Here's a new post from Robert Connolly, a regular contributor to the SAG blog.
Helping to organize a care package operation means you get to see some remarkable things.
One of my senior colleagues was an Air Force officer in the late 1950’s. Besides being smart as hell (electrical engineer, Stanford Ph.D.), he is an extraordinary teacher and just a wonderful human being. Every time I send an email out inviting assistance with care packages, he responds with a check. A month ago, I sent around an email about the needs of the 3rd Brigade, 10th MTN DIV. (They had been extended for 120 days on pretty short notice, and they needed a hand with hygiene and other supplies.) He tracked me down via email to say he was going to get me a check, and then followed up with one of the biggest checks I have gotten in the 16 months we have been operating. Later, he found me in the hallway to tell me how important this was, and how much he admired what we were doing.
At church, there is an older gentleman who always prays for servicemen and women, deployed in harm’s way, and for the families from whom they are separated. Maybe 18 months ago, I decided to thank him for doing this (I had one son-in-law in Iraq at the time, and another one who had already been there). It turns out this man had served in WWII, Korea, and Vietnam. He was a West Point graduate (Class of 1950), and served in the Air Force (apparently since there was no separate academy for Air Force officers at the time). Months later, after we got the care package operation running, he always asked whether we were still mailing packages. When I answered yes, he would always catch me before leaving church to shake my hand and tell me how great it was that we were still sending packages. Every time he did this, he passed me a $20 bill in the handshake, and he did it pretty often.
Now, I am a firm believer in recognizing people like these two men who do good things (even after doing their duty). So, I asked a contact in Afghanistan, an Air Force Senior Master Sergeant, if I could send him two flags, have them flown on the base, get them signed by the folks there (on the white edging), and sent back. I wanted to present it to these two veterans as a token of appreciation for all they have done for the current generation of airmen. My Air Force SMSgt said he could do that, but suggested that I present his detachment’s unit coin. He said he would send them the next day.
Well, the coins arrived last week on Tuesday. Last Thursday, I snuck in on the last minute of my colleague’s review session with about 25 students and presented it to him. He got a big round of applause from the students, and he was clearly very touched by the recognition. He explained the difference between zoomies and dogfaces to his students, and talked about how important it was to support the servicemen in the field. Later, he came by my office, and he reiterated how much it meant to have a coin from an Air Force unit in Afghanistan that had been on the receiving end of the care package operation that he helped to fund.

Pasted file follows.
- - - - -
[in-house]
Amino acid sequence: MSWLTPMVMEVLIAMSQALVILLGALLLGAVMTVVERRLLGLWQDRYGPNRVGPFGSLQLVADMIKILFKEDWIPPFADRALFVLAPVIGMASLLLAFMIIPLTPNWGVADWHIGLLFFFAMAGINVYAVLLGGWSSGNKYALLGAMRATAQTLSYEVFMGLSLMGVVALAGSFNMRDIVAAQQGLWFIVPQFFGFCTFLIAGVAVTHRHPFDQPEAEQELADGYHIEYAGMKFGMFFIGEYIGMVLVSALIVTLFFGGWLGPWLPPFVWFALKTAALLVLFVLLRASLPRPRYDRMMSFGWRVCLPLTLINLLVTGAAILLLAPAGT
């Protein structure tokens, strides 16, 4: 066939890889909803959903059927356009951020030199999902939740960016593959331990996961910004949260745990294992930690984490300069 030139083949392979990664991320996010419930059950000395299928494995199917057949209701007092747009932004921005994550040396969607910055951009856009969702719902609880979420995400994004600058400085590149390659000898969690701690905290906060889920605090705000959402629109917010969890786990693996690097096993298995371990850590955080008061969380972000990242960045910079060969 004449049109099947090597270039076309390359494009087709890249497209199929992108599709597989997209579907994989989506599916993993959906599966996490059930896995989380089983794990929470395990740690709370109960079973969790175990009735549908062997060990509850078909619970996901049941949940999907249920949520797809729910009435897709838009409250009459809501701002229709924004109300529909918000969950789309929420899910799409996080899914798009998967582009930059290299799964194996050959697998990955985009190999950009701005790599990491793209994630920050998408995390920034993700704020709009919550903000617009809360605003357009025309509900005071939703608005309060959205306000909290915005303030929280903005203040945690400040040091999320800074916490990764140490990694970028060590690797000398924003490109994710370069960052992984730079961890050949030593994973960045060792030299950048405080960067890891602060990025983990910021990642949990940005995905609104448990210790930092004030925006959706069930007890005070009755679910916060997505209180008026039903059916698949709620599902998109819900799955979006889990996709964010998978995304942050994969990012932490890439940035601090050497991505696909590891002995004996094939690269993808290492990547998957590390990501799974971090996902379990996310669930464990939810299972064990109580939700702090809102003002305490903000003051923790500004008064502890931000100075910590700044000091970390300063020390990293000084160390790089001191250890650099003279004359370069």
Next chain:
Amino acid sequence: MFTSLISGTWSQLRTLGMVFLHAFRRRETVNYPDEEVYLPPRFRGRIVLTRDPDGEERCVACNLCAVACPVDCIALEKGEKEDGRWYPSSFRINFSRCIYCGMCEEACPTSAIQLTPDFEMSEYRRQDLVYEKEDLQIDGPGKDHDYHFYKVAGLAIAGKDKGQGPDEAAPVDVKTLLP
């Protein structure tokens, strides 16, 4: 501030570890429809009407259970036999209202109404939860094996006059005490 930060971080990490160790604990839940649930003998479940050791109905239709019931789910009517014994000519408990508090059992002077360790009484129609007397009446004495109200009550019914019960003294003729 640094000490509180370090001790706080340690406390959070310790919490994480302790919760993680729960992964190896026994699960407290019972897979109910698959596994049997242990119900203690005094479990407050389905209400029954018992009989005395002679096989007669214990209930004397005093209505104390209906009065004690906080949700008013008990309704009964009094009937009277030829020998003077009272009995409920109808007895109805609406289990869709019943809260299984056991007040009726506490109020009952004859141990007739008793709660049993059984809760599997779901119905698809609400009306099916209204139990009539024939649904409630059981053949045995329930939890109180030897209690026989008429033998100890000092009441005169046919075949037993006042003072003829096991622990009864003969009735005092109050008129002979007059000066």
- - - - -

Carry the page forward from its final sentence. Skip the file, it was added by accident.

At church on Saturday evening, I caught up with my other retired Air Force officer. When I explained the situation and presented the coin, he was momentarily stunned. He didn’t think he had done anything remarkable (…just his duty, I suspect he thought). He was also very touched by the gesture, and wanted to know everything about the unit in Afghanistan. The wife of this man who normally won’t say very much about his past service, let slip a few details about his past service. With the help of Google, I learned he was at least an Air Force Colonel (a pilot) before retiring. I still don’t have the whole story, but he was ready to hand over another $20. Just coincidentally, this man’s 80th birthday was two days earlier (I know 60 year olds who aren’t as sharp, mobile, and capable as this fellow).
On the days when former military who serve in Congress seem to have forgotten their fellow servicemen (acting like ex-Marines, not former Marines), I think about these two great men. True to the oath that both swore over 50 years ago, these two retired warriors are still leading from the front and by example.
Then, not to be outdone by these guys, I get back to the important business of hustling support for the current generation of warriors that serves the nation with such great distinction.
Bob can be reached via email or you may leave him a comment below.